The first way to appreciate behavior is as the native and evolving personality of the person. The second way to appreciate behavior is as a reaction the system has to stressors in the environment. In the first case, consider that the best things we are consist of a mix of positive, adaptive impulses that contribute to the survival of the person and her potential for contributing to the social welfare of all. In the second case, consider that our problem behaviors are a mix of those things we need to work on and can change, and behaviors that are reflexive responses to stressors in our environment. This says that some of the "bad" stuff we do is really just bad stuff that we have the capacity to change and some is stuff out of our direct control (or control of it is so difficult that we are only partially successful at doing so).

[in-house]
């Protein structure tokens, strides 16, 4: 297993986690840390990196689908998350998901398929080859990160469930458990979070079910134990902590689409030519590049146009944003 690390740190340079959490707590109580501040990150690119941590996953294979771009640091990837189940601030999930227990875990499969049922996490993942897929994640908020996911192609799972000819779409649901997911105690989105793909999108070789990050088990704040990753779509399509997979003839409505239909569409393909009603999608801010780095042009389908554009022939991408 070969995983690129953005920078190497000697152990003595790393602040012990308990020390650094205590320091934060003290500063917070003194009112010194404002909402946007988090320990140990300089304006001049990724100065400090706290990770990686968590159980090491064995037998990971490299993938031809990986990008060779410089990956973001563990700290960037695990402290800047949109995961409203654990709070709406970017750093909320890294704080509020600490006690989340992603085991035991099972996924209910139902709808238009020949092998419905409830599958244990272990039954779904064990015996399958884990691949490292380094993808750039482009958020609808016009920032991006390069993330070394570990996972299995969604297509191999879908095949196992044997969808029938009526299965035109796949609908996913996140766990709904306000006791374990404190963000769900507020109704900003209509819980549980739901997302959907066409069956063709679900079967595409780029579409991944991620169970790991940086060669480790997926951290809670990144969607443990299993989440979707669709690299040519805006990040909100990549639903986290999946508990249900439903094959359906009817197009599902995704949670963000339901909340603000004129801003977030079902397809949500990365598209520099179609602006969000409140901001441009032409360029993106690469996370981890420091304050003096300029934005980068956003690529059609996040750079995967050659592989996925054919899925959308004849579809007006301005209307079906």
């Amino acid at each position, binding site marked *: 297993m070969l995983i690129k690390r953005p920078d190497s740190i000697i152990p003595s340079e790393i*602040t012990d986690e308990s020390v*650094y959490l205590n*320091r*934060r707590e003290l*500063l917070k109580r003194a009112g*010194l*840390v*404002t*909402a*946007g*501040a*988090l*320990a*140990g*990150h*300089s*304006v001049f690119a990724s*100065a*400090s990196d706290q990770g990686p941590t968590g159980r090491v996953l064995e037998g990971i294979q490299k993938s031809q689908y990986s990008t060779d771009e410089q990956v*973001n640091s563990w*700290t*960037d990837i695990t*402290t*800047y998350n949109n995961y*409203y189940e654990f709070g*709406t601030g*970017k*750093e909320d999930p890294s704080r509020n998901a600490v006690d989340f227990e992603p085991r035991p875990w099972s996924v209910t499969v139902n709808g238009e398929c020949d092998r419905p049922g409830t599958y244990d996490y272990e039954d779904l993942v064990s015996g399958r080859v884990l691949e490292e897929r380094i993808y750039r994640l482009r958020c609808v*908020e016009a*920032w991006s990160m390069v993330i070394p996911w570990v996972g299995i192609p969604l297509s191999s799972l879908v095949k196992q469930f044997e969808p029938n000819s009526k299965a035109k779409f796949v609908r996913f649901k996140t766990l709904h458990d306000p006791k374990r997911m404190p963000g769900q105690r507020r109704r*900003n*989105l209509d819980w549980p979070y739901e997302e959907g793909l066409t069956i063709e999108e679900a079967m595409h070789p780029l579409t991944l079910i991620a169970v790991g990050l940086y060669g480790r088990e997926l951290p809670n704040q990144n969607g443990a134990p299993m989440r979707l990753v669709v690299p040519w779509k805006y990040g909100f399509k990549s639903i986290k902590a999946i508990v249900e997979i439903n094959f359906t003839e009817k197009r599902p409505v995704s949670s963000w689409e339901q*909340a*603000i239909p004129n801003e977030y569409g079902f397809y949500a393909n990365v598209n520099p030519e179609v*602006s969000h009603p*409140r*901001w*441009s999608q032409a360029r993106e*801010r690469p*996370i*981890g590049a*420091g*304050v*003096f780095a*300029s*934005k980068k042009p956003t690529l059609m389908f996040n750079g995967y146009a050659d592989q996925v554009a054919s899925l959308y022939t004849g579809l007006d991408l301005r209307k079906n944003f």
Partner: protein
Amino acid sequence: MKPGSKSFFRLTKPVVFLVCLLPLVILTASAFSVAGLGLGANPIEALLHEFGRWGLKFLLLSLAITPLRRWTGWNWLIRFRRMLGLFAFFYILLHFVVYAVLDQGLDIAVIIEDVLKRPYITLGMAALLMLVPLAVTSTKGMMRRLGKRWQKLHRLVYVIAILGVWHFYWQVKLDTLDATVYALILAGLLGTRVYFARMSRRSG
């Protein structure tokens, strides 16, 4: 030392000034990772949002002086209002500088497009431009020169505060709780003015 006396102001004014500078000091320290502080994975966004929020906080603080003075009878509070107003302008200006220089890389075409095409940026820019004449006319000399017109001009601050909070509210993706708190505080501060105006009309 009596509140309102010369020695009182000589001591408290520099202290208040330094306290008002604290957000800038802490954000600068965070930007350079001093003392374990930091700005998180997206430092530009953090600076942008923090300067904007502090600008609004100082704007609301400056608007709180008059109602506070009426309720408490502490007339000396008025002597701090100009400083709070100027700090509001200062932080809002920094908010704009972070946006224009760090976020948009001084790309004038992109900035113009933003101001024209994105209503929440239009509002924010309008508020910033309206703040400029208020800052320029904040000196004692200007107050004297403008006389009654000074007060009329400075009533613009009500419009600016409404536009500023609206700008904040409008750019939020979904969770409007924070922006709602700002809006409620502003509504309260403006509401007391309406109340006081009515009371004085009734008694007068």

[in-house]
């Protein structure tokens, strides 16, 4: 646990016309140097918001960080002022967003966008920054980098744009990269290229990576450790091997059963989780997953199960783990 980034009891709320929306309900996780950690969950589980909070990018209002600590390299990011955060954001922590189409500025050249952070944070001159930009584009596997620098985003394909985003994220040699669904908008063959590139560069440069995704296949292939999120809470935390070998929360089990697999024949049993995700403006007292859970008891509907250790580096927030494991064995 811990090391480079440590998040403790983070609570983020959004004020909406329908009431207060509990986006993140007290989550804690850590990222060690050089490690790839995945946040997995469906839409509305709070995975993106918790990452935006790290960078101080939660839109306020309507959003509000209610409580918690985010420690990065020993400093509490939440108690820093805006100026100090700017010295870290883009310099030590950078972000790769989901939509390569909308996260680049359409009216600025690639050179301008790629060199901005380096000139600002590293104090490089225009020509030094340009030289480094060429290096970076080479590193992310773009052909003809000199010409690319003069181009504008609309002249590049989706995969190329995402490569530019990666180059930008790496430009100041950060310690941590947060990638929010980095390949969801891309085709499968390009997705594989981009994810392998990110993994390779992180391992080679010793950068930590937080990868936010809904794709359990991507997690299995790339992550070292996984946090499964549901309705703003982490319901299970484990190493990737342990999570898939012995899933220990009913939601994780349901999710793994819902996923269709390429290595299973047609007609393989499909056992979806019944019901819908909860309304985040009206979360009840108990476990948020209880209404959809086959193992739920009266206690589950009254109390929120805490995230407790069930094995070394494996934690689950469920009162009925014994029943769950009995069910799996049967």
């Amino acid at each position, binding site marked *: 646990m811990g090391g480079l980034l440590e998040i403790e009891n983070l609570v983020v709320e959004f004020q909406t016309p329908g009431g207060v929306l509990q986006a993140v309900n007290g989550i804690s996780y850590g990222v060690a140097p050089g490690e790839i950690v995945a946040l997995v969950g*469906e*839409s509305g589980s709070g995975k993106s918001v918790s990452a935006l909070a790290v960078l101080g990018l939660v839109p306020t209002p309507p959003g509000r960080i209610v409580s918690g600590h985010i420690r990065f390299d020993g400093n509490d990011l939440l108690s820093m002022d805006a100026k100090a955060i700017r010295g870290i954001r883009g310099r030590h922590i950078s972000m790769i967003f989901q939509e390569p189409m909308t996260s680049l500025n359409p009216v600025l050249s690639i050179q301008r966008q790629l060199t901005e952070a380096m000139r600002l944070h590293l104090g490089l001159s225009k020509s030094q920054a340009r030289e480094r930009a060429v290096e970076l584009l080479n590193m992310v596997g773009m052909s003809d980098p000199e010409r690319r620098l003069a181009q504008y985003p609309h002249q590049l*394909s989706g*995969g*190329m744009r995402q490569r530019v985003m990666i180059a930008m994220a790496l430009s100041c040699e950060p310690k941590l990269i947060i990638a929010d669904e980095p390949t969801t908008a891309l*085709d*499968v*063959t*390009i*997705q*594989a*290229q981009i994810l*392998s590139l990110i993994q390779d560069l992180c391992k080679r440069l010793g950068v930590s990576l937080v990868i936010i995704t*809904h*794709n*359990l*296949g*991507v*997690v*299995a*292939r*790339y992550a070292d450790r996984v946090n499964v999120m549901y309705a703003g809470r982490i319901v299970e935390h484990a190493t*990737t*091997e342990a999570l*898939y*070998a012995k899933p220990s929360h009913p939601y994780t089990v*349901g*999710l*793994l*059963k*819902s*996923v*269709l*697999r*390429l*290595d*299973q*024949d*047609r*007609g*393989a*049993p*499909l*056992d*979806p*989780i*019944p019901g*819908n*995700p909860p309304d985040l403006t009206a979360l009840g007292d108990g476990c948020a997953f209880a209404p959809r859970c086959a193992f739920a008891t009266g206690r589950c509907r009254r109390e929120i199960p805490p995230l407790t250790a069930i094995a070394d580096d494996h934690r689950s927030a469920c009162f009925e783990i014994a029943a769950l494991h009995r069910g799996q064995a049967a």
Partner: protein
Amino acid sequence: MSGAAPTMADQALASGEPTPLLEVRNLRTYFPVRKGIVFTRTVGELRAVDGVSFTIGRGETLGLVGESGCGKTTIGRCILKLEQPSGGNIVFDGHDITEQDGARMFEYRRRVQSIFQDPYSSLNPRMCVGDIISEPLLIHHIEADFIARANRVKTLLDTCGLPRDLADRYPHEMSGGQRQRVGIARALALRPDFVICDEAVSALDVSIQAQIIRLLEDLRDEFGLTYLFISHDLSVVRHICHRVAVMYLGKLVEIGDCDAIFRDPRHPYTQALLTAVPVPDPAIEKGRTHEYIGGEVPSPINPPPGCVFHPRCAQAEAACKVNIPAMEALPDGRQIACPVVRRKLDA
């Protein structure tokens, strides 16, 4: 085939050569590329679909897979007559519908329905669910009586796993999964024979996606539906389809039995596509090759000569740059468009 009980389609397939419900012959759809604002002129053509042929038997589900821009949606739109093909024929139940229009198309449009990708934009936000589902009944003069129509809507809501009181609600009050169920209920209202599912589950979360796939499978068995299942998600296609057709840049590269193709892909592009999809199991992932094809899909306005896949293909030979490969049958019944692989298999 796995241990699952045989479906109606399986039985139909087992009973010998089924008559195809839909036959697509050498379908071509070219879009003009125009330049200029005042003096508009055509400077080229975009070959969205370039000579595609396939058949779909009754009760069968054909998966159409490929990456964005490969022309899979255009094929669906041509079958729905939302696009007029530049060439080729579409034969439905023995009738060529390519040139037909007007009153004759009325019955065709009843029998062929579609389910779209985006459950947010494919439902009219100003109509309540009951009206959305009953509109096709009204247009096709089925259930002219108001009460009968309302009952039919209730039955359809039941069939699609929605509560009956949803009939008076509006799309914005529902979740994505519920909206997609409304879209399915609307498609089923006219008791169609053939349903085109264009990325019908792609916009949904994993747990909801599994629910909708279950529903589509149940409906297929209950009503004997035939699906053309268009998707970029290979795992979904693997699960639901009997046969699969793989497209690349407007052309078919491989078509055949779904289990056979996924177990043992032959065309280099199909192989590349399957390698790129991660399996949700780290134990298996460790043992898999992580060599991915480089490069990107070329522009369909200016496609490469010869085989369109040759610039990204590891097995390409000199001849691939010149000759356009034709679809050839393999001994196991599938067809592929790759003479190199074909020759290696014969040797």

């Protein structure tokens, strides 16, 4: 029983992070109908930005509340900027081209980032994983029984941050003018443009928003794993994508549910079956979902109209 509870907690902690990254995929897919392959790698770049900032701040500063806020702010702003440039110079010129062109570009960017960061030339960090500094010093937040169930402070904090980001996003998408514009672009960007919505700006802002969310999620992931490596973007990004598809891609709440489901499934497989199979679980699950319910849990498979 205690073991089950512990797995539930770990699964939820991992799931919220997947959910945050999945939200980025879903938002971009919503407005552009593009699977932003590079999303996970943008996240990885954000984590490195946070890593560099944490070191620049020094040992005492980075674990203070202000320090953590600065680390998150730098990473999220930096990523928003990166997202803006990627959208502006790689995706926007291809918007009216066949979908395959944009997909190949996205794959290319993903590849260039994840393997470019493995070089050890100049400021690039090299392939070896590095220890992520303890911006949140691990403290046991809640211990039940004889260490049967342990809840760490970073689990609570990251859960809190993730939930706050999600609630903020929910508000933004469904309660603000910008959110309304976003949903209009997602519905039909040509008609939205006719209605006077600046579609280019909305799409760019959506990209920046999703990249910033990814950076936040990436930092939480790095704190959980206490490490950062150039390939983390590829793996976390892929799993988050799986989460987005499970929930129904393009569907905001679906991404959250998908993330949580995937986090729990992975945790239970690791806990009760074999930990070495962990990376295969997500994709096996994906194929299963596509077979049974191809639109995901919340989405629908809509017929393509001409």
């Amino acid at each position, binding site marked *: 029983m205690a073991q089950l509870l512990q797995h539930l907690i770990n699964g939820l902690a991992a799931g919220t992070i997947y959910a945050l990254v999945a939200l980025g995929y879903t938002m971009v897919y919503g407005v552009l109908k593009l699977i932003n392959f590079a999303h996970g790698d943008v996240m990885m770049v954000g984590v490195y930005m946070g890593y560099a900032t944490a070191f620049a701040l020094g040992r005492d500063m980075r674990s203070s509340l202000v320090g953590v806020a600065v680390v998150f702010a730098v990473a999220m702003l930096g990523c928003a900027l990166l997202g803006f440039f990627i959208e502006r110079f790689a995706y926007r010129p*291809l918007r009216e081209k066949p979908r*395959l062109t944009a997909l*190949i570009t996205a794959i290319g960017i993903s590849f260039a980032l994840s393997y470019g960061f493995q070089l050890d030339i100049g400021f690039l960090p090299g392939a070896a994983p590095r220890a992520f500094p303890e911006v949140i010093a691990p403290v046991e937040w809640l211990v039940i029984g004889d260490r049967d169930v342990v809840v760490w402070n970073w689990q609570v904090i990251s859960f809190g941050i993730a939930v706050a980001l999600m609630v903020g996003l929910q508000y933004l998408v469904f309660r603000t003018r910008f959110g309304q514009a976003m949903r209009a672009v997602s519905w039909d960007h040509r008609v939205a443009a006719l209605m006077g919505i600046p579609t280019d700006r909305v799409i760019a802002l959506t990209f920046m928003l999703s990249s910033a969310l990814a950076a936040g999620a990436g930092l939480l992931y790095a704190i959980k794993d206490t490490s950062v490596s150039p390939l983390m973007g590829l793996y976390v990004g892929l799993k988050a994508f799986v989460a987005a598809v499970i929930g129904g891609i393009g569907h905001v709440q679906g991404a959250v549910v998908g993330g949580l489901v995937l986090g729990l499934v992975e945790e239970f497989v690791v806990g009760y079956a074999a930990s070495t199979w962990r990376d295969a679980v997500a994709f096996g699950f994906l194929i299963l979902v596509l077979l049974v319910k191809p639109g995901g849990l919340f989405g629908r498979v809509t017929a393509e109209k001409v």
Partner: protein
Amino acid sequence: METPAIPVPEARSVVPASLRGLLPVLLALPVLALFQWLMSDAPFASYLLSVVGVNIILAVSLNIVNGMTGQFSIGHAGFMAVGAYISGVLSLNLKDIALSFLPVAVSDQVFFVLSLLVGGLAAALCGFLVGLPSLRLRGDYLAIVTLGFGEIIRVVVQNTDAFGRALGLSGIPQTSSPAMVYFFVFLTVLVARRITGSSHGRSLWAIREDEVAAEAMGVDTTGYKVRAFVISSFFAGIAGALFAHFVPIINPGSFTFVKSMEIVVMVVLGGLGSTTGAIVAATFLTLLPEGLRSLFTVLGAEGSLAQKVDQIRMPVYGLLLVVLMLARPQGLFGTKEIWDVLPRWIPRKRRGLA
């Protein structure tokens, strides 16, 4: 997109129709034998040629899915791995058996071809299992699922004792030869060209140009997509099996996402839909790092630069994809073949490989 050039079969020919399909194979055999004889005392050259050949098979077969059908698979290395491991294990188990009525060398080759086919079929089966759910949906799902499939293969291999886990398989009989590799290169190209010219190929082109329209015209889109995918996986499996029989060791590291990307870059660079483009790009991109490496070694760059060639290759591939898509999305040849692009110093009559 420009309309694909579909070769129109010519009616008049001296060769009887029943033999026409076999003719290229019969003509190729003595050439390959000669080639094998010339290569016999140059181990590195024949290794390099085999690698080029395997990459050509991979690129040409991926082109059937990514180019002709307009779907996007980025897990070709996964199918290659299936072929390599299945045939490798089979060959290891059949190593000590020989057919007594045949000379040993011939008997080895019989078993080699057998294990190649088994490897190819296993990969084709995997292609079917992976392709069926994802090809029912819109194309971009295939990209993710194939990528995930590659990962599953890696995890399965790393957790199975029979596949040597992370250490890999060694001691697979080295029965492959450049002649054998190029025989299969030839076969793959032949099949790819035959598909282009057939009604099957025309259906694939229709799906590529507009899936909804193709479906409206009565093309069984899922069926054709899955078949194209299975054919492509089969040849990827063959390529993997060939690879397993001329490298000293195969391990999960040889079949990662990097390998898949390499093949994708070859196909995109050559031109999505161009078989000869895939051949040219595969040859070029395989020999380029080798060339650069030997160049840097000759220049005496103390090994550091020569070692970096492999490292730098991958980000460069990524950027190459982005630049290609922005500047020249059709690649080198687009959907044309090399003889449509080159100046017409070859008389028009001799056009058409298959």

As an example, consider a person who is ardent and passionate about justice. Perhaps she becomes a lawyer and argues causes for the poor or other unjustly treated. She's a bit abrasive, but that's understandable, given that she's working under difficult circumstances and probably sees a lot of injustice. Maybe she drinks a bit too much at the end of the day, to ease her mind. For the homeopath, the love of justice is not something we want to change--after all, isn't justice what we all want for the world? The abrasiveness and drinking? Let's consider the latter first. She can control her drinking, and indeed maybe she does to the extent that she's overconsuming, but it's not directly affecting her work. It is affecting her health. It raises her risk for breast cancer, accidents, and other problems. The former, the abrasiveness, is something she'd like to control, but it gets away from her, and she snaps at co-workers, and is described by friends and family as "difficult" and "combative." She may consider this something she'd like to dial down, but also as something that makes her tough.